I have two main fears in my job. The first is that I won’t be open to changing my beliefs.
“An ideology is a closed system of beliefs and values that shapes the understanding and behavior of those who believe in it. Its assumptions are fixed and strong and not open to questioning. To their believers, who may be called ideologues, ideologies offer absolute certainty and are immune to contradictory evidence.”
To me that seemed like a clearly undesirable way of thinking. I recognized that many of my religious beliefs were parts of an ideology so I began questioning them, not wanting to be guilty of being an ideologue. This led me, eventually, to change many of the beliefs that had been very important to me before. It was painful and scary!
As I’ve worked in the system in a peer support role I’ve become aware that I’m at risk of being ideological in another way. This became really clear to me at a MindFreedom conference this summer when a friend and I joked that at these kinds of events we often will swap conversion stories, fine-tune the doctrine of new converts, and discuss evangelism strategies. In some ways, being involved in the c/s/x movement has felt like joining a new church. I don’t actually think there’s anything wrong with this; as was the case in my religious community, we are united around something that we believe in strongly and feel a responsibility to bring to the world. Being part of a group like this is empowering, inspiring, and hopeful.
But it also scares me. It scares me because when I talk to other people in the movement about my job I hear things like, “be careful you don’t sell out” or “it’s hard in that setting not to let your values slip” or “how are you being in the system but not of the system?” It feels a little bit analogous to the message I got from Christian communities that, if someone spent too much time with unbelievers and around a lifestyle we didn’t agree with, the person’s faith would be vulnerable to weakening, whereas if a person stayed connected to regular Christian teaching and surrounded by others living that kind of lifestyle, his/her faith would be stronger and safer.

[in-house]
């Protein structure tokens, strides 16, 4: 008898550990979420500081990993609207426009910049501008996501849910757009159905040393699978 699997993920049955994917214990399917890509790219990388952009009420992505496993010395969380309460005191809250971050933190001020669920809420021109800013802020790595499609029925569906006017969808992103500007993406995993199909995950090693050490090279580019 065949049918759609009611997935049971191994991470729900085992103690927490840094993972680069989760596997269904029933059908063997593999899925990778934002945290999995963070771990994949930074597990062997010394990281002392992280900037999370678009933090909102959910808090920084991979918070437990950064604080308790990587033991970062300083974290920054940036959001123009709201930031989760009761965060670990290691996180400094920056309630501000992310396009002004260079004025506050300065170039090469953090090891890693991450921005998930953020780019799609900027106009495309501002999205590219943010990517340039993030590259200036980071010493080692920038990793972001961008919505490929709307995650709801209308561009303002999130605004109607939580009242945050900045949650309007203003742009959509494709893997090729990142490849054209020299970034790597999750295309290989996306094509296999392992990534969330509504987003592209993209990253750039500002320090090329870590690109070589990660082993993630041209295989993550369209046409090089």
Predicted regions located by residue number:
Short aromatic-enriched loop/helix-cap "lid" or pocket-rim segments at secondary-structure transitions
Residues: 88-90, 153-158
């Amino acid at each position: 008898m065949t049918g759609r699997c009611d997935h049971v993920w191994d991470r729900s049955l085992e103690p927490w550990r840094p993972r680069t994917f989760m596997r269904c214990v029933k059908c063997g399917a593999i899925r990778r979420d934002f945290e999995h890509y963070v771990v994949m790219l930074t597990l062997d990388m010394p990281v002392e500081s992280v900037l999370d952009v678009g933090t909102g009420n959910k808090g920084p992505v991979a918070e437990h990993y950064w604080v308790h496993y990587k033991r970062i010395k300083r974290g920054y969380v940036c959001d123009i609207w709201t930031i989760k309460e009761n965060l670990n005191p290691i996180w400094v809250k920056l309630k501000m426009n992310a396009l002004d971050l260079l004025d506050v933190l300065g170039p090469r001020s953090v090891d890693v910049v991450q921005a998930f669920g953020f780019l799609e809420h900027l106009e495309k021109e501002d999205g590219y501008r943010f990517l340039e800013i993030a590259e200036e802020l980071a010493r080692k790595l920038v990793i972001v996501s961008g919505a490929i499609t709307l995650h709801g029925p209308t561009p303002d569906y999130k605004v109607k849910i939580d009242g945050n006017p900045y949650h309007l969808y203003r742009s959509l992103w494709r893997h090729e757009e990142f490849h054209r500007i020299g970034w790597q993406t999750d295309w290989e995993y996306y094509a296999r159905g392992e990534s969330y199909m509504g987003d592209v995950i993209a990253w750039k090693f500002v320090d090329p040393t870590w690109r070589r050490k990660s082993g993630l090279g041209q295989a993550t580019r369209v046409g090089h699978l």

The open-minded, non-ideologic part of me does not want my beliefs to be safe—I want them to be challenged. For that reason I’m very glad to be working in a setting where this is happening all the time. I want to be exposed to other ways of thinking — even ways of thinking that I find offensive or dangerous — because my reaction to some of the things I hear tells me a lot about myself.
The second fear I have is that my beliefs will change.
By far the biggest concern I had when I started working in the system was that I would be “co-opted” or “sell out.” By that I mean I was afraid I would start believing in the idea of mental illness again, that I would become comfortable with locked up forks and cigarettes, that I would not respect people’s right and ability to self-direct their lives, that I would do harm, that I would become more aligned with the clinical staff I work with than with my fellow activists and peer supporters. I have, in some moments and to varying degrees, done all of these things. My beliefs are changing somewhat.
I think it’s important to look closely at why this would be scary. For me, it comes down to identity and belonging. Identity comes into play because, besides just wanting to be someone who is helpful and not harmful, I saw myself primarily as a psychiatric survivor and part of the consumer/survivor/ex-patient movement. This identity was (and to a lesser extent, still is) very important to me because it replaced my previous identity of being a chronically mentally ill person. I found being angry and on a mission to be much more preferable. This identity piece is loosening quite a bit as, while being a psychiatric survivor is definitely still a part of how I frame my life experience, it’s becoming less and less central to my identity.